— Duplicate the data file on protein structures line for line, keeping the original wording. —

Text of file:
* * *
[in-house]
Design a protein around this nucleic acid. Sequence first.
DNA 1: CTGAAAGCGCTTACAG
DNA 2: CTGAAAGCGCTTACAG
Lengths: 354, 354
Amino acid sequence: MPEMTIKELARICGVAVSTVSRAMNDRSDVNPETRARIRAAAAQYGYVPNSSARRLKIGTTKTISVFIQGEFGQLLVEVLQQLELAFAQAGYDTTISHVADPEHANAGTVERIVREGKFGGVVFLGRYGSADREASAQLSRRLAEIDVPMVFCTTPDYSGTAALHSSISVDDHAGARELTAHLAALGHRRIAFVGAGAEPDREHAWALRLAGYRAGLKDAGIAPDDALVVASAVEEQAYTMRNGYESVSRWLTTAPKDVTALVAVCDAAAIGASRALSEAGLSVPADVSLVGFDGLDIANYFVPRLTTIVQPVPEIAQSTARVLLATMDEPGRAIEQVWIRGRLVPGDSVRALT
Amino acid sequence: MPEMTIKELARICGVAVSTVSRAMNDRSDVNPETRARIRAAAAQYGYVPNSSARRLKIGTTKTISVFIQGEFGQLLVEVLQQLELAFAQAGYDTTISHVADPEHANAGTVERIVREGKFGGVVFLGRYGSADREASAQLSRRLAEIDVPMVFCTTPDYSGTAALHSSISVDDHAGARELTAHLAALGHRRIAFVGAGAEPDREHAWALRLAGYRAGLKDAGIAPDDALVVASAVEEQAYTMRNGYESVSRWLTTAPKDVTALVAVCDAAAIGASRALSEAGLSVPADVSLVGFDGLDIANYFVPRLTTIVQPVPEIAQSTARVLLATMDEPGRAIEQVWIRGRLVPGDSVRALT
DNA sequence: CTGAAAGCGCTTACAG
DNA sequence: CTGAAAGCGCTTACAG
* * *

[in-house]
Design a protein around this nucleic acid. Sequence first.
DNA 1: CTGAAAGCGCTTACAG
DNA 2: CTGAAAGCGCTTACAG
Lengths: 354, 354
Amino acid sequence: MPEMTIKELARICGVAVSTVSRAMNDRSDVNPETRARIRAAAAQYGYVPNSSARRLKIGTTKTISVFIQGEFGQLLVEVLQQLELAFAQAGYDTTISHVADPEHANAGTVERIVREGKFGGVVFLGRYGSADREASAQLSRRLAEIDVPMVFCTTPDYSGTAALHSSISVDDHAGARELTAHLAALGHRRIAFVGAGAEPDREHAWALRLAGYRAGLKDAGIAPDDALVVASAVEEQAYTMRNGYESVSRWLTTAPKDVTALVAVCDAAAIGASRALSEAGLSVPADVSLVGFDGLDIANYFVPRLTTIVQPVPEIAQSTARVLLATMDEPGRAIEQVWIRGRLVPGDSVRALT
Amino acid sequence: MPEMTIKELARICGVAVSTVSRAMNDRSDVNPETRARIRAAAAQYGYVPNSSARRLKIGTTKTISVFIQGEFGQLLVEVLQQLELAFAQAGYDTTISHVADPEHANAGTVERIVREGKFGGVVFLGRYGSADREASAQLSRRLAEIDVPMVFCTTPDYSGTAALHSSISVDDHAGARELTAHLAALGHRRIAFVGAGAEPDREHAWALRLAGYRAGLKDAGIAPDDALVVASAVEEQAYTMRNGYESVSRWLTTAPKDVTALVAVCDAAAIGASRALSEAGLSVPADVSLVGFDGLDIANYFVPRLTTIVQPVPEIAQSTARVLLATMDEPGRAIEQVWIRGRLVPGDSVRALT
DNA sequence: CTGAAAGCGCTTACAG
DNA sequence: CTGAAAGCGCTTACAG